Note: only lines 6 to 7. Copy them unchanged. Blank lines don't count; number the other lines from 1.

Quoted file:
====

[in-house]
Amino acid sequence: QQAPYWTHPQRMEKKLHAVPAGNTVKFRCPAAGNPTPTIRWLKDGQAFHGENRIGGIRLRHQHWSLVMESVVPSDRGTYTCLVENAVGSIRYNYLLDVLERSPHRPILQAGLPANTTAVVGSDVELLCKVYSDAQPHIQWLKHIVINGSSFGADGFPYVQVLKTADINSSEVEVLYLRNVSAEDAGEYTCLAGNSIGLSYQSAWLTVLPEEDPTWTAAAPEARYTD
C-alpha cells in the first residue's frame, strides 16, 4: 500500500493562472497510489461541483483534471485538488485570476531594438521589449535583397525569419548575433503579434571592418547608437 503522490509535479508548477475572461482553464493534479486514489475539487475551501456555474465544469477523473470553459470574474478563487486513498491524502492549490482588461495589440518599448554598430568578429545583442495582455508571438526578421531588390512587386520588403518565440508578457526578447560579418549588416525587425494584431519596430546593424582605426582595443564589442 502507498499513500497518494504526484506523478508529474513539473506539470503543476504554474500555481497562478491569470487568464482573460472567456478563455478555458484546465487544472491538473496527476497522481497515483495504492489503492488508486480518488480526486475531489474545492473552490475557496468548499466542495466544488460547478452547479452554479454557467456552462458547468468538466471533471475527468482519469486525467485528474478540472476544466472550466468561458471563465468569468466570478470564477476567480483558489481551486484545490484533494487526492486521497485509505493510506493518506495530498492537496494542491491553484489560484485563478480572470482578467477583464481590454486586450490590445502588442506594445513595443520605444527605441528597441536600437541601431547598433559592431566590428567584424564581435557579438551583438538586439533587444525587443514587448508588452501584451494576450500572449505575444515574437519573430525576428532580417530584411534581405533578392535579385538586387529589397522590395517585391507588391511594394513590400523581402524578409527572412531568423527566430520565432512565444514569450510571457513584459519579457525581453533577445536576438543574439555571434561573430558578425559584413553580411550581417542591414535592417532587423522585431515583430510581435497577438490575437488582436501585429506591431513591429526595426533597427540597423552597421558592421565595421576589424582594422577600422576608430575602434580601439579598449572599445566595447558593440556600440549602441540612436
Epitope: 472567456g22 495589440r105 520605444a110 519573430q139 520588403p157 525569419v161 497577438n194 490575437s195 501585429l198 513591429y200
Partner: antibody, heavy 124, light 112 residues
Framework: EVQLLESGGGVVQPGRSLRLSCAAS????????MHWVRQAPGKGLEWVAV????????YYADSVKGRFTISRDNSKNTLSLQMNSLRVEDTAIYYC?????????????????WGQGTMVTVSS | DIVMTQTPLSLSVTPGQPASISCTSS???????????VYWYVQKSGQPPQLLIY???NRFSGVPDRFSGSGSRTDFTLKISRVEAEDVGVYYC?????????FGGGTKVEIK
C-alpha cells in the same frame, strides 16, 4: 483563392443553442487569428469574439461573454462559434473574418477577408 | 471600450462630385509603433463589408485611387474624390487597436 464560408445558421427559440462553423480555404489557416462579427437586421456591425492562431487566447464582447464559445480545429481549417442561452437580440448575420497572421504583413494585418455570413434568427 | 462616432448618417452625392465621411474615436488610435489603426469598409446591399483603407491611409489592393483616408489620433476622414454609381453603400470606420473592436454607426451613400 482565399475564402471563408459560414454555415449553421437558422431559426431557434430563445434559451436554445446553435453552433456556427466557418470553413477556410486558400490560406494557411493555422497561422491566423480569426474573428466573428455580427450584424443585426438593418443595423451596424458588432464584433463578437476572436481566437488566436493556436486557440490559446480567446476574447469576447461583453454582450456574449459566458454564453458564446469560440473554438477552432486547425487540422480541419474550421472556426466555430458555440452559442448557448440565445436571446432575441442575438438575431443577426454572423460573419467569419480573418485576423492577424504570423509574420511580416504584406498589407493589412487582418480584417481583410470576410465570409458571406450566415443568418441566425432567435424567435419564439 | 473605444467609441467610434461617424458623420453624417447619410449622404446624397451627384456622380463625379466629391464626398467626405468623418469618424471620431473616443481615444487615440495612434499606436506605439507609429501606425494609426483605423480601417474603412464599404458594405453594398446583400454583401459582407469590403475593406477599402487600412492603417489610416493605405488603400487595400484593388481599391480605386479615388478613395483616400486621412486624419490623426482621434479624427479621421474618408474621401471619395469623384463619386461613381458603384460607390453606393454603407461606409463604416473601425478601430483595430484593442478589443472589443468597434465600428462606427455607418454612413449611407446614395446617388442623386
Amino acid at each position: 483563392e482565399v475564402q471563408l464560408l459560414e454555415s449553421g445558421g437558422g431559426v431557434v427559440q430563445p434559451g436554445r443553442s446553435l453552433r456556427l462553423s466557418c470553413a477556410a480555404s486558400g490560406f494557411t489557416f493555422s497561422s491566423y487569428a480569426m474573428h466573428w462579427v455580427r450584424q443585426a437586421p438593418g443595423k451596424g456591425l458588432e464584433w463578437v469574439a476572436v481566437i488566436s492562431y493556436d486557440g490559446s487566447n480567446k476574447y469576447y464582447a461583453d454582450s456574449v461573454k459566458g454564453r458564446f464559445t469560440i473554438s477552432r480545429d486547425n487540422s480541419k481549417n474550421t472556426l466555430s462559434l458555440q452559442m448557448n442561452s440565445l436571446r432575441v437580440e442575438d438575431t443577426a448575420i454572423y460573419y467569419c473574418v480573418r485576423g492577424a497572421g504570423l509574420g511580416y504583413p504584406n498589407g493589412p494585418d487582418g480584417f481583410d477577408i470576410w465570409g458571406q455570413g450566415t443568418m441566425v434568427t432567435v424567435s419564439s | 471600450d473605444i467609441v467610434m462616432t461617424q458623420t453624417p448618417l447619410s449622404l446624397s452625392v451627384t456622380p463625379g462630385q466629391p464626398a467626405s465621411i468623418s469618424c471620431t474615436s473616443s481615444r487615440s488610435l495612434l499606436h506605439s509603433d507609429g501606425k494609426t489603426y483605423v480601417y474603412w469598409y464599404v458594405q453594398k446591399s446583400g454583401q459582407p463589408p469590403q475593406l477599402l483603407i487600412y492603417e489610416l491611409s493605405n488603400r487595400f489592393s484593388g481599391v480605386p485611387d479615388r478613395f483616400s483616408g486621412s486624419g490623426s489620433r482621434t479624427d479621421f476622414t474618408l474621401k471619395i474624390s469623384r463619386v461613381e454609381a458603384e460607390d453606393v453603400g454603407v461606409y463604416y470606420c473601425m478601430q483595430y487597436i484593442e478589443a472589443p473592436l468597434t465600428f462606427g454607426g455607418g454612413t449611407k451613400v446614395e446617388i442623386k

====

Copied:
Framework: EVQLLESGGGVVQPGRSLRLSCAAS????????MHWVRQAPGKGLEWVAV????????YYADSVKGRFTISRDNSKNTLSLQMNSLRVEDTAIYYC?????????????????WGQGTMVTVSS | DIVMTQTPLSLSVTPGQPASISCTSS???????????VYWYVQKSGQPPQLLIY???NRFSGVPDRFSGSGSRTDFTLKISRVEAEDVGVYYC?????????FGGGTKVEIK
C-alpha cells in the same frame, strides 16, 4: 483563392443553442487569428469574439461573454462559434473574418477577408 | 471600450462630385509603433463589408485611387474624390487597436 464560408445558421427559440462553423480555404489557416462579427437586421456591425492562431487566447464582447464559445480545429481549417442561452437580440448575420497572421504583413494585418455570413434568427 | 462616432448618417452625392465621411474615436488610435489603426469598409446591399483603407491611409489592393483616408489620433476622414454609381453603400470606420473592436454607426451613400 482565399475564402471563408459560414454555415449553421437558422431559426431557434430563445434559451436554445446553435453552433456556427466557418470553413477556410486558400490560406494557411493555422497561422491566423480569426474573428466573428455580427450584424443585426438593418443595423451596424458588432464584433463578437476572436481566437488566436493556436486557440490559446480567446476574447469576447461583453454582450456574449459566458454564453458564446469560440473554438477552432486547425487540422480541419474550421472556426466555430458555440452559442448557448440565445436571446432575441442575438438575431443577426454572423460573419467569419480573418485576423492577424504570423509574420511580416504584406498589407493589412487582418480584417481583410470576410465570409458571406450566415443568418441566425432567435424567435419564439 | 473605444467609441467610434461617424458623420453624417447619410449622404446624397451627384456622380463625379466629391464626398467626405468623418469618424471620431473616443481615444487615440495612434499606436506605439507609429501606425494609426483605423480601417474603412464599404458594405453594398446583400454583401459582407469590403475593406477599402487600412492603417489610416493605405488603400487595400484593388481599391480605386479615388478613395483616400486621412486624419490623426482621434479624427479621421474618408474621401471619395469623384463619386461613381458603384460607390453606393454603407461606409463604416473601425478601430483595430484593442478589443472589443468597434465600428462606427455607418454612413449611407446614395446617388442623386